Here's a link to a great tutorial over at Jaybird Quilts on how to sew hexies. There are three steps, but you'll only need the first two for this quilt. While you're there, check out some of her other tutorials- Julie has her own collection of templates and rulers and is quite talented!

So I do mine pretty much like that except I use the cardboard boxes. I also put the rough side of the cardboard against the back of the fabric because it seems to keep it from sliding around.

For thread, I use hand quilting thread.  I keep white and light tan/neutral handy. Unless you are sewing very dark fabric, the light tan/ neutral works great for most colors. Use white thread if you're using bright white fabric for the background.

Also, get yourself a thimble. I have never been able to wear a thimble until I started this quilt. The tip of my middle finger got a hole in it, so I learned to use it pretty fast. I love the jelly thimbles and found mine at Hobby Lobby.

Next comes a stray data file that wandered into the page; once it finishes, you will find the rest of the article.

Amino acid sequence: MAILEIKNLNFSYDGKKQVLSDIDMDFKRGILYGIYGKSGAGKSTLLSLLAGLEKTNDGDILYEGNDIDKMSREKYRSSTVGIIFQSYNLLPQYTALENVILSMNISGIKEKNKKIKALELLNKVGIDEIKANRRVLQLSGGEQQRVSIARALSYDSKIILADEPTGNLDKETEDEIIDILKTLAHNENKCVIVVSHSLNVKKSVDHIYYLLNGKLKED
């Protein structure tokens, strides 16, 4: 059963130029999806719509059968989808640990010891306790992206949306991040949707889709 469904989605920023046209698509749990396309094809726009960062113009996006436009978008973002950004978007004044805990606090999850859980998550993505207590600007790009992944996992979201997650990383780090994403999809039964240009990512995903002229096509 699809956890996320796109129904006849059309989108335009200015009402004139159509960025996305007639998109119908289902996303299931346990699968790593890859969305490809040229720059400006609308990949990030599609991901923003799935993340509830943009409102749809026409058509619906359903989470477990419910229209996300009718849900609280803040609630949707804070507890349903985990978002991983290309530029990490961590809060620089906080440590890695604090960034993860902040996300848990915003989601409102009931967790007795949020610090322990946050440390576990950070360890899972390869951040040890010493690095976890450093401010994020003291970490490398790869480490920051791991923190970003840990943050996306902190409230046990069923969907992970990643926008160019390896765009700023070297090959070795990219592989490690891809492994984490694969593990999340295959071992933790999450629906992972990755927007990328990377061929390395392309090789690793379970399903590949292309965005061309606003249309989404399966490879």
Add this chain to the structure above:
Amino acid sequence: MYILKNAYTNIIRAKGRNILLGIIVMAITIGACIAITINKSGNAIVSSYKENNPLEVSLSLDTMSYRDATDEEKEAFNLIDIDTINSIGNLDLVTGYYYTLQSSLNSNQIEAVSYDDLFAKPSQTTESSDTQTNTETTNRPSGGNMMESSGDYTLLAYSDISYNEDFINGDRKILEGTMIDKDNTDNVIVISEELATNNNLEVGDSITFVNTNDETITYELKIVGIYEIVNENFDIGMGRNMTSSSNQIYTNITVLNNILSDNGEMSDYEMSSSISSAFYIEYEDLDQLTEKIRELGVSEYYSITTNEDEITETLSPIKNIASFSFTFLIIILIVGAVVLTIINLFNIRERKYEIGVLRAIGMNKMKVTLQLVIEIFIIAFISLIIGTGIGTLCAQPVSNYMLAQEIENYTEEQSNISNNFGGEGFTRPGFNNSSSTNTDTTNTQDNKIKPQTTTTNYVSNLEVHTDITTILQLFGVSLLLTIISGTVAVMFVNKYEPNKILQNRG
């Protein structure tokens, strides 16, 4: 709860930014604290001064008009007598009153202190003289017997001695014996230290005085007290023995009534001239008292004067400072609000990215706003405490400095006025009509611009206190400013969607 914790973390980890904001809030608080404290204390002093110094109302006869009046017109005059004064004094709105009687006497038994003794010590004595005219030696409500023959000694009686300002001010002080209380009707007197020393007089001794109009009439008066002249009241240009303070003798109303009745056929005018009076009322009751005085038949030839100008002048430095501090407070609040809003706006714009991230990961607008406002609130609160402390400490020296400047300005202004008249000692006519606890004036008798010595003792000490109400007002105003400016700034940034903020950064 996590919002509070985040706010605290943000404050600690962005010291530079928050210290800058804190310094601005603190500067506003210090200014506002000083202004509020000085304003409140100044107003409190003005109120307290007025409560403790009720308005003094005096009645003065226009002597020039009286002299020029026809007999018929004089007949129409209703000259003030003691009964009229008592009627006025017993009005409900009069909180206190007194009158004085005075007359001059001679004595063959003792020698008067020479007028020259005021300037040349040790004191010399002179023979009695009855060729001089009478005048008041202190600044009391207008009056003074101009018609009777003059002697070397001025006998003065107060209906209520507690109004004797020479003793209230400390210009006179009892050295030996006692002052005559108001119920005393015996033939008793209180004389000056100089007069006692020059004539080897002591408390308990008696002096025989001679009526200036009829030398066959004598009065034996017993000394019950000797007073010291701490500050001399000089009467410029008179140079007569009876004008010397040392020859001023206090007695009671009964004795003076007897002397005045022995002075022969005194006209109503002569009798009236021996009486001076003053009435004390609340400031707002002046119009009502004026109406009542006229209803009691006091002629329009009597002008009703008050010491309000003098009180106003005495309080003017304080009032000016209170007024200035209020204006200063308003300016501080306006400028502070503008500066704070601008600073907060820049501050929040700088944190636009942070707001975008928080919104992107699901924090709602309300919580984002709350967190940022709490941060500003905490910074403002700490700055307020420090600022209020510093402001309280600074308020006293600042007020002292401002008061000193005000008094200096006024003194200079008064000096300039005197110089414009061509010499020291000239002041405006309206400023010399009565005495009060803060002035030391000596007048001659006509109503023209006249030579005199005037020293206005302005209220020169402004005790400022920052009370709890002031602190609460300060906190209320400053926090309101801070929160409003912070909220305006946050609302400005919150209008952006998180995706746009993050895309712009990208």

Fabric Requirements

For the white or background hexies you will need 1747 which comes to about 5 yards- get 5 1/2 to be safe. I just used the mid priced muslin.

 You will need 126 centers, so a 1/2 yard of 44 inch fabric will be plenty. I used yellow centers, but i think you could use any color as long as they were all the same. Just remember to use a color that you won't be using too many others places in the quilt.

I cut my fabric into 2 inch strips then about 2 inch squares. The square doesn't have to be exact, I just slide a cardboard hexie down the strip for a reference and cut as I go. Trim the corners to about 1/4 inch.